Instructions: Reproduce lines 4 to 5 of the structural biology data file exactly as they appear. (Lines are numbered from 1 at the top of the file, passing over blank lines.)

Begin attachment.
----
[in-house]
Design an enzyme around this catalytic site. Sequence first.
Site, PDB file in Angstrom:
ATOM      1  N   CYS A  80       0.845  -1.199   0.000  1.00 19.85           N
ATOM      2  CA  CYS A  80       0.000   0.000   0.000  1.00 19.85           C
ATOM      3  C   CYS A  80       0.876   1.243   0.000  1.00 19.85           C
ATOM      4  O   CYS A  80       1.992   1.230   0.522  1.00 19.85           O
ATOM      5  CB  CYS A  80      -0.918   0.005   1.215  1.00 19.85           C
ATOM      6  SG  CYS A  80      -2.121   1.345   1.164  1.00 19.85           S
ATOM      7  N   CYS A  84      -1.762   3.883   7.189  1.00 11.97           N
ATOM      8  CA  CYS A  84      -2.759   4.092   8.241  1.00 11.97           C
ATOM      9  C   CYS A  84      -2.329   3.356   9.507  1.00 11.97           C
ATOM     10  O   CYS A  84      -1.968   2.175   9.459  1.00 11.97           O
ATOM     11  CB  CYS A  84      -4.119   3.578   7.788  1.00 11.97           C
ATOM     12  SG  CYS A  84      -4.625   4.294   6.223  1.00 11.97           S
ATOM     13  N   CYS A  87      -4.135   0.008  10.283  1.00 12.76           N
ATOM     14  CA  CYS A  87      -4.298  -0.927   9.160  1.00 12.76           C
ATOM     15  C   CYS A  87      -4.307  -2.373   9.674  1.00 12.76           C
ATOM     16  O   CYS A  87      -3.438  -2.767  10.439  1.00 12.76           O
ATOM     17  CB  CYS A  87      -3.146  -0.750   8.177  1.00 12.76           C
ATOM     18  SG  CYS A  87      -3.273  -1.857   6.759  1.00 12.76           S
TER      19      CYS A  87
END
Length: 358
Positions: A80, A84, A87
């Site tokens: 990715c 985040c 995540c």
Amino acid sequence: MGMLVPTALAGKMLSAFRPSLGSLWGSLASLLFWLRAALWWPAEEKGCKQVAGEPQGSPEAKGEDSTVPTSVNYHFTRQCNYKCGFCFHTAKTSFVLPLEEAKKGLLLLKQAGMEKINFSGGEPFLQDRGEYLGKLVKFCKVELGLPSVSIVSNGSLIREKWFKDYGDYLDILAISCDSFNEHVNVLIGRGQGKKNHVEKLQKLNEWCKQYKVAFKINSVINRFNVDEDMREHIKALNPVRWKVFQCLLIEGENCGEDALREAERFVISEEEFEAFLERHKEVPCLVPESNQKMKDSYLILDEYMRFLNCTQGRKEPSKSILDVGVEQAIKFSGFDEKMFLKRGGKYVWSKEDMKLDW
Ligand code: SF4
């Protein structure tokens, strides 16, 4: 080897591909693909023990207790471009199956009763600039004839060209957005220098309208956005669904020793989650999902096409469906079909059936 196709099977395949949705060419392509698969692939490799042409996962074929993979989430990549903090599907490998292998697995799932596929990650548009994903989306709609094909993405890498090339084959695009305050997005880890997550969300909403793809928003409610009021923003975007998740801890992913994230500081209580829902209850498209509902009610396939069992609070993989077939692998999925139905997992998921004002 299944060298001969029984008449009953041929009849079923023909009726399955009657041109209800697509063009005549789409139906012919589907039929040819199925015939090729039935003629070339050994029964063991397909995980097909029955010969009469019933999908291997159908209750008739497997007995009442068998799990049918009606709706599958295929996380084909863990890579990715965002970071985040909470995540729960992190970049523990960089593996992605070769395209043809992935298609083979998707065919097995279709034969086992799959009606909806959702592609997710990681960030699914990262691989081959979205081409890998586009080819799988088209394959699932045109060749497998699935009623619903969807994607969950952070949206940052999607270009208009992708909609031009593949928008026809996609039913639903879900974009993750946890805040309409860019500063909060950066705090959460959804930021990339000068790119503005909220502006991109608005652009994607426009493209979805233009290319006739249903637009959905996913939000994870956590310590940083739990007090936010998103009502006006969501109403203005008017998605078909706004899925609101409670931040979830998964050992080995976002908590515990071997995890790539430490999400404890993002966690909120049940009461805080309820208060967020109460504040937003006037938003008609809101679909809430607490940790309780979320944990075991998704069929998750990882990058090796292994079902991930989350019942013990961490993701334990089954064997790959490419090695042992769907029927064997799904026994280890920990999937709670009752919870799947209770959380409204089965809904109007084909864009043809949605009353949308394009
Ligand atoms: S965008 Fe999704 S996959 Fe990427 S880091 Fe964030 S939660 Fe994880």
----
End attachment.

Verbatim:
ATOM      1  N   CYS A  80       0.845  -1.199   0.000  1.00 19.85           N
ATOM      2  CA  CYS A  80       0.000   0.000   0.000  1.00 19.85           C